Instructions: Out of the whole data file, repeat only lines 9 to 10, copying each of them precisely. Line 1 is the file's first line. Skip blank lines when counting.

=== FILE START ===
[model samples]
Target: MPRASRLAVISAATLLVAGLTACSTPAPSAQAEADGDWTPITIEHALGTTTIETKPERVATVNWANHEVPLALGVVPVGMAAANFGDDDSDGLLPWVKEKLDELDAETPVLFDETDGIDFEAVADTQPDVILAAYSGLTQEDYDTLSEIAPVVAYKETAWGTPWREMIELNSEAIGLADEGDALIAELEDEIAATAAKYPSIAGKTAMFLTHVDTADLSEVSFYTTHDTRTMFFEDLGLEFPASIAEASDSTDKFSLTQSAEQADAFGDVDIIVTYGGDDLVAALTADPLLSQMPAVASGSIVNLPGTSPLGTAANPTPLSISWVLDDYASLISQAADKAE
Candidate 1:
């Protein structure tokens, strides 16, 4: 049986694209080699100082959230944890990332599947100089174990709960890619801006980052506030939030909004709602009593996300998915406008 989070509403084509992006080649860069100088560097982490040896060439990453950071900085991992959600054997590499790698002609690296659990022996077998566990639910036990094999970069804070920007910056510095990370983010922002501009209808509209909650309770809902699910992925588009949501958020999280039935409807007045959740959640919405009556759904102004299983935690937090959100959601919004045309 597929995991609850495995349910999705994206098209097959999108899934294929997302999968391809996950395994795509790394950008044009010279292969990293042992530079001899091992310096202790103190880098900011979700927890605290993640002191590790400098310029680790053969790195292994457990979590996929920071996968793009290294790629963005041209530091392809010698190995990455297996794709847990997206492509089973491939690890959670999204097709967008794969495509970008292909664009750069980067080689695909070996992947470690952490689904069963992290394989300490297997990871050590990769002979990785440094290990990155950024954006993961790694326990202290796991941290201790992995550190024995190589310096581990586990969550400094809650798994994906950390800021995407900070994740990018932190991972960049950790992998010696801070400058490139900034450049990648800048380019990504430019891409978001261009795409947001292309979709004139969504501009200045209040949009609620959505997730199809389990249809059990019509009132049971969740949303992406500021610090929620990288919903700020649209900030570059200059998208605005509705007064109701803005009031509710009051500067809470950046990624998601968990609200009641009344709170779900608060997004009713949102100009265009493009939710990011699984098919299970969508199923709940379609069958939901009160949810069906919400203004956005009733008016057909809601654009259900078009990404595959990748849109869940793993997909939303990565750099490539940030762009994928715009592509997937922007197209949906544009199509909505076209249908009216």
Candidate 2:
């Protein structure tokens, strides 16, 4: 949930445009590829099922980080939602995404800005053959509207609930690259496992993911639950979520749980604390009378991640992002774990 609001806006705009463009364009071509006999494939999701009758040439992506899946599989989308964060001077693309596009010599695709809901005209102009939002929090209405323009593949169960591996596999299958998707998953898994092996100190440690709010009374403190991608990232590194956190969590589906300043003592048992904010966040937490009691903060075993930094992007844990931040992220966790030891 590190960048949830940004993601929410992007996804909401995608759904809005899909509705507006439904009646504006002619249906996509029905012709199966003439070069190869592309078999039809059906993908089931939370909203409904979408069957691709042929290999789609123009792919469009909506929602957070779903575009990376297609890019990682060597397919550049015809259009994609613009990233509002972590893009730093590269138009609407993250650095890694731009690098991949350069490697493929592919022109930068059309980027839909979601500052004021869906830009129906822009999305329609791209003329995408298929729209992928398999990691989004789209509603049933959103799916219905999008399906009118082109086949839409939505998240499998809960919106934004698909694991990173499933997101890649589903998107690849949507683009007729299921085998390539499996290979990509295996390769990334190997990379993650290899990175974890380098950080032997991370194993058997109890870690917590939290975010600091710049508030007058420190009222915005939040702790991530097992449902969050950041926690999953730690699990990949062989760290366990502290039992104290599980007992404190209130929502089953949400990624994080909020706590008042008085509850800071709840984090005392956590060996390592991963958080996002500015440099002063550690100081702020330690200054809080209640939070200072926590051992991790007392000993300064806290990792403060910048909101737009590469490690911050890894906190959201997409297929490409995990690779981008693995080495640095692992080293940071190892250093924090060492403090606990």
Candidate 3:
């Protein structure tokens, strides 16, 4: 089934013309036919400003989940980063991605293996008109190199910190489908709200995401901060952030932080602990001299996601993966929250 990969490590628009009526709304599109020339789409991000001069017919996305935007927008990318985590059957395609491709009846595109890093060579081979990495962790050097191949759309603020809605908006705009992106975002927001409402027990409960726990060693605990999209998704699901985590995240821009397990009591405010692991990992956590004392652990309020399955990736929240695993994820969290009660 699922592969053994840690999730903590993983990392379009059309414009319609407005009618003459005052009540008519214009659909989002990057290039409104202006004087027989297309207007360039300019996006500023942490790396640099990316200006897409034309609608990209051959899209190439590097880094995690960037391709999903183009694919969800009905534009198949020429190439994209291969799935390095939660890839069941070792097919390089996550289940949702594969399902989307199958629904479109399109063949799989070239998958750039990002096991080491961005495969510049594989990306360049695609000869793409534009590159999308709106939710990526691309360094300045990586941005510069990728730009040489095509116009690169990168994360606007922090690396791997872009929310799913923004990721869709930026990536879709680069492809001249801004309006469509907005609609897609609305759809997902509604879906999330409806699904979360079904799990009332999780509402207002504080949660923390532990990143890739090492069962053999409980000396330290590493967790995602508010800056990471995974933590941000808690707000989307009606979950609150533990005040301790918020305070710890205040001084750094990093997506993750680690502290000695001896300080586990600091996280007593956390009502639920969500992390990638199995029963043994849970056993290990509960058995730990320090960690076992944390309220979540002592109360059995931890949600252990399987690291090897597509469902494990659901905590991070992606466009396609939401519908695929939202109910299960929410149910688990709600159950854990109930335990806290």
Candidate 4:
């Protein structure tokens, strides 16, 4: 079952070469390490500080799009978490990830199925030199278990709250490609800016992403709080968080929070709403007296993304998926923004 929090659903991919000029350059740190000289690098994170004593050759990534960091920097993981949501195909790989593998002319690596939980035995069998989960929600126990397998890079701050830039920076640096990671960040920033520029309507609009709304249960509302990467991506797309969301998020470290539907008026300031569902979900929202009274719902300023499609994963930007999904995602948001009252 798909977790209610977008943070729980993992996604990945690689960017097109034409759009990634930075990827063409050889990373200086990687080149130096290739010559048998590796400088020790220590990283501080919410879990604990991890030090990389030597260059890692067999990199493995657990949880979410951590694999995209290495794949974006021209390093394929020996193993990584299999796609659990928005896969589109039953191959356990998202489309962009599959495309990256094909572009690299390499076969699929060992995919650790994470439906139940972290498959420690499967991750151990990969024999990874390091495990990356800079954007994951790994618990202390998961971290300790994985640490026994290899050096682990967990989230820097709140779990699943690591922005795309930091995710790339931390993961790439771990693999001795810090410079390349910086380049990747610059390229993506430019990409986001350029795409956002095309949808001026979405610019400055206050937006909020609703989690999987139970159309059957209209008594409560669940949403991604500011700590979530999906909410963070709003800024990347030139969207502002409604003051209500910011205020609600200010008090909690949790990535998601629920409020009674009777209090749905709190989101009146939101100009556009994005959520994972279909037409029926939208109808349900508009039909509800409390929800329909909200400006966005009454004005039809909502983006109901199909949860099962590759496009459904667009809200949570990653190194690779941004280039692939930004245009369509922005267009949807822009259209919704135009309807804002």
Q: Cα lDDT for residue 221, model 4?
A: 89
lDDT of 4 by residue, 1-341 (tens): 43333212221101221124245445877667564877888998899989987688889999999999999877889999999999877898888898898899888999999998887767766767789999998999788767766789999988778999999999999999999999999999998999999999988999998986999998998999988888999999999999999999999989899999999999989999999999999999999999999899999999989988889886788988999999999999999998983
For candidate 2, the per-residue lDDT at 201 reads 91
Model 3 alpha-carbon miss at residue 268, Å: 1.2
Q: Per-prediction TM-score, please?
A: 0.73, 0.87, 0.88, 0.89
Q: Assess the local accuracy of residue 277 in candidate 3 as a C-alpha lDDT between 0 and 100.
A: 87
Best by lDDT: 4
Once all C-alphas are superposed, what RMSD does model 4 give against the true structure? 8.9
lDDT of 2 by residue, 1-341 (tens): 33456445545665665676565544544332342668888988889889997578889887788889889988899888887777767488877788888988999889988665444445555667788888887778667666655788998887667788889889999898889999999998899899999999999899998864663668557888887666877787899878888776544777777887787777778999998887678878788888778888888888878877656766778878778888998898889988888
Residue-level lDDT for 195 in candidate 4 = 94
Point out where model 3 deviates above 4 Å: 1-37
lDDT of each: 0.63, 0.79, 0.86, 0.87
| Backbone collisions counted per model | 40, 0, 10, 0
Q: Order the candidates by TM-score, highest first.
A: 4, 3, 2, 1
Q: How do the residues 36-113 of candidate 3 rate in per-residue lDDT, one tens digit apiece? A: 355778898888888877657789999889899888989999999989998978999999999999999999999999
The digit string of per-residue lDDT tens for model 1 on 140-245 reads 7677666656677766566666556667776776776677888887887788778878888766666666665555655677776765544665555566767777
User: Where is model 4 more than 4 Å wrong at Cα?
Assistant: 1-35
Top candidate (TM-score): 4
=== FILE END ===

Candidate 4:
């Protein structure tokens, strides 16, 4: 079952070469390490500080799009978490990830199925030199278990709250490609800016992403709080968080929070709403007296993304998926923004 929090659903991919000029350059740190000289690098994170004593050759990534960091920097993981949501195909790989593998002319690596939980035995069998989960929600126990397998890079701050830039920076640096990671960040920033520029309507609009709304249960509302990467991506797309969301998020470290539907008026300031569902979900929202009274719902300023499609994963930007999904995602948001009252 798909977790209610977008943070729980993992996604990945690689960017097109034409759009990634930075990827063409050889990373200086990687080149130096290739010559048998590796400088020790220590990283501080919410879990604990991890030090990389030597260059890692067999990199493995657990949880979410951590694999995209290495794949974006021209390093394929020996193993990584299999796609659990928005896969589109039953191959356990998202489309962009599959495309990256094909572009690299390499076969699929060992995919650790994470439906139940972290498959420690499967991750151990990969024999990874390091495990990356800079954007994951790994618990202390998961971290300790994985640490026994290899050096682990967990989230820097709140779990699943690591922005795309930091995710790339931390993961790439771990693999001795810090410079390349910086380049990747610059390229993506430019990409986001350029795409956002095309949808001026979405610019400055206050937006909020609703989690999987139970159309059957209209008594409560669940949403991604500011700590979530999906909410963070709003800024990347030139969207502002409604003051209500910011205020609600200010008090909690949790990535998601629920409020009674009777209090749905709190989101009146939101100009556009994005959520994972279909037409029926939208109808349900508009039909509800409390929800329909909200400006966005009454004005039809909502983006109901199909949860099962590759496009459904667009809200949570990653190194690779941004280039692939930004245009369509922005267009949807822009259209919704135009309807804002």